We are living in an age of transition, still under the spell of an era of reason and positivism, but entering a new one of tolerance for the nonrational. Our psychiatry still belongs to the era we are leaving. Then, men looked on mind as consisting of the rational functioning of consciousness, assuming a right way and a wrong way to think and feel. A mental “normal” was assumed by a general consensus and would be demonstrated statistically, such that all so favored could be properly alike, adapted and adjusted one to another. In contrast to such norms were the unusual and nonrational ways, which then were called “disorders.” There could be no room for the Pauls, Foxes, and Blakes in this world of norms; imagine anyone talking with his visions! Things must be called by their proper designations: Trances were hysterical, visions and voices were visual and auditory hallucinations — and nothing more. All that departed from the normal was by definition symptomatic of the abnormal, the pathological.

In a new age that has a degree of tolerance and understanding for the nonrational, how far can we go with it? Have we room in our new world for divine possession, like the Balinese ecstatic dancer or the whirling dervish? If we are not going to expect that all should be alike and are to agree instead that the psyche has its own strange ways of accomplishing its ends, then perhaps what were called symptoms and syndromes may call for a different interpretation and evaluation.

Symptoms are judged by the fact of departure from the norms. If we look upon these same phenomena as expressions of inner experience, as valid psychic process and content, then a thorough reassessment of them is called for.

We might compare this problem with experience in the arts. If we were so governed by a rationalistic age that we expected painting to depict the objective world realistically, then the photographic would be “normal” and the Chagalls and Blakes “abnormal.” Or in literature, if it were expected that “normal” meant clear descriptive and narrative prose, then Goethe’s Faust, Part 2, would be considered crazy. So with psychic life. If health means stark reality-orientation and adjustment, then the adolescent storms have no place; they are sickness, not creative turmoils. If the psyche is expected to grow smoothly in its developmental stages, in gradually ascending steps, like the grades in schooling, there is no place for turbulence. But if we grant recognition to the empirical facts — that the psyche grows instead by cataclysmic upheavals — we must change our model. It is an organism that grows more like the deciduous tree than the evergreen; periods of leafing and flowering alternate with periods of recession and resorption. The psyche grows by renewals — death and new life, revolutions and overthrows of what has been, and the burgeoning of new forms dislodging the old ones.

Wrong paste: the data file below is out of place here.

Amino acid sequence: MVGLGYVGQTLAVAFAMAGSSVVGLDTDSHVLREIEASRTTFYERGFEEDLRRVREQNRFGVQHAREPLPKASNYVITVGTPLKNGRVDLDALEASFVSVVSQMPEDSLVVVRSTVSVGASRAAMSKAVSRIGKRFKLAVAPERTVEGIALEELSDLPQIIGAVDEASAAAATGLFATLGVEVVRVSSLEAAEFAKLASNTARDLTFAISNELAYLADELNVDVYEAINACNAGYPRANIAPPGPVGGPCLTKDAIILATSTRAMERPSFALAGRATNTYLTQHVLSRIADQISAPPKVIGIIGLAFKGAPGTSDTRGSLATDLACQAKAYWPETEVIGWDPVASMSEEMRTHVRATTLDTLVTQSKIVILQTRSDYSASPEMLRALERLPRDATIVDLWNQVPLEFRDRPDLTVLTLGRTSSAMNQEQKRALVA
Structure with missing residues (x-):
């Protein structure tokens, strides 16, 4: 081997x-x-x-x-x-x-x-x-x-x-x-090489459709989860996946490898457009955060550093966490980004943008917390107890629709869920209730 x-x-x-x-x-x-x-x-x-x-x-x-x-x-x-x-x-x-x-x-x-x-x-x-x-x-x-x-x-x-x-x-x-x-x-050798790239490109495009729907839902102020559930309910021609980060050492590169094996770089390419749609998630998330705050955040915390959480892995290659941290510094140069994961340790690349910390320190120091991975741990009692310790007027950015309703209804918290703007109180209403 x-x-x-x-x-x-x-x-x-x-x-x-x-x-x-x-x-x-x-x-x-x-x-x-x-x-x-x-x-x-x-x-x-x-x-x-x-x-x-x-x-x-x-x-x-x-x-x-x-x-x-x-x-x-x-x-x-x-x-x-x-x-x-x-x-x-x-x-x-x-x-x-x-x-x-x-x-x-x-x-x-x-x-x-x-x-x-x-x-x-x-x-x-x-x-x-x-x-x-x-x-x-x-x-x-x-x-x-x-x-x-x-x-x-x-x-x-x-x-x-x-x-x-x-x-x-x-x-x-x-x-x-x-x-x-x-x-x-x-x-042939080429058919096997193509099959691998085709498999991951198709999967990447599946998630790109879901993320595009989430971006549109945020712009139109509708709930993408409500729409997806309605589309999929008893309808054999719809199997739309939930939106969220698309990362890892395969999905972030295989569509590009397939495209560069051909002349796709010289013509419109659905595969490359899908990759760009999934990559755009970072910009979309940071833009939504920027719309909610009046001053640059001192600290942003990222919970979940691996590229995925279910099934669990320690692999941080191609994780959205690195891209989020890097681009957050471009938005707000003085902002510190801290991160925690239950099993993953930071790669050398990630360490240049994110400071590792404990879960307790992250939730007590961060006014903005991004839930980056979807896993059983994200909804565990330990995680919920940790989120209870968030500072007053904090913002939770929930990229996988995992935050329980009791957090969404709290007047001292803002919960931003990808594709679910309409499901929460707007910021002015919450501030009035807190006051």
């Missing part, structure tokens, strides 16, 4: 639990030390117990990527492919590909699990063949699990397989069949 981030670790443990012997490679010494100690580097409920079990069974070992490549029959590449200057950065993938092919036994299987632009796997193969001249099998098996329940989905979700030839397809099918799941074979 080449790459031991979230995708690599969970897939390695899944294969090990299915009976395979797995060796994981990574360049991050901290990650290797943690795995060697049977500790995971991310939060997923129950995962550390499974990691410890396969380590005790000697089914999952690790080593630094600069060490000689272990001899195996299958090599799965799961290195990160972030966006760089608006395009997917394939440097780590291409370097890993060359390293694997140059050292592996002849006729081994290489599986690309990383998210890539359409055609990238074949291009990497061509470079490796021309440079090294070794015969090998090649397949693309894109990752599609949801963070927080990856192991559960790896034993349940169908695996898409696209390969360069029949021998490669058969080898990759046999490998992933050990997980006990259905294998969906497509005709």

Cultural renewal and the death of the mystical vision

From John Weir Perry’s The Far Side of Madness on cultural renewal and how institutionalizing the mystical vision slowly kills it:

“What begins as the drive to make communicable the good news that the mystic vision is there and can be reached, becomes in time a need to gather a following. There is a contagious quality along with the communicability; souls are touched with fire, and a blaze of enthusiasm spreads rapidly, with a tremendous uprush of energy. Paul’s church spreads rapidly over the Mediterranean world, Hung’s columns march toward the Manchu capital to overthrow the dynasty, or in contrast, George Fox’s followers take their stand in numbers against the Wars of the Commonwealth; and in the train of experiences of the great mystics in the late medieval church, droves of men and women take vows in innumerable monasteries founded by those dynamic souls.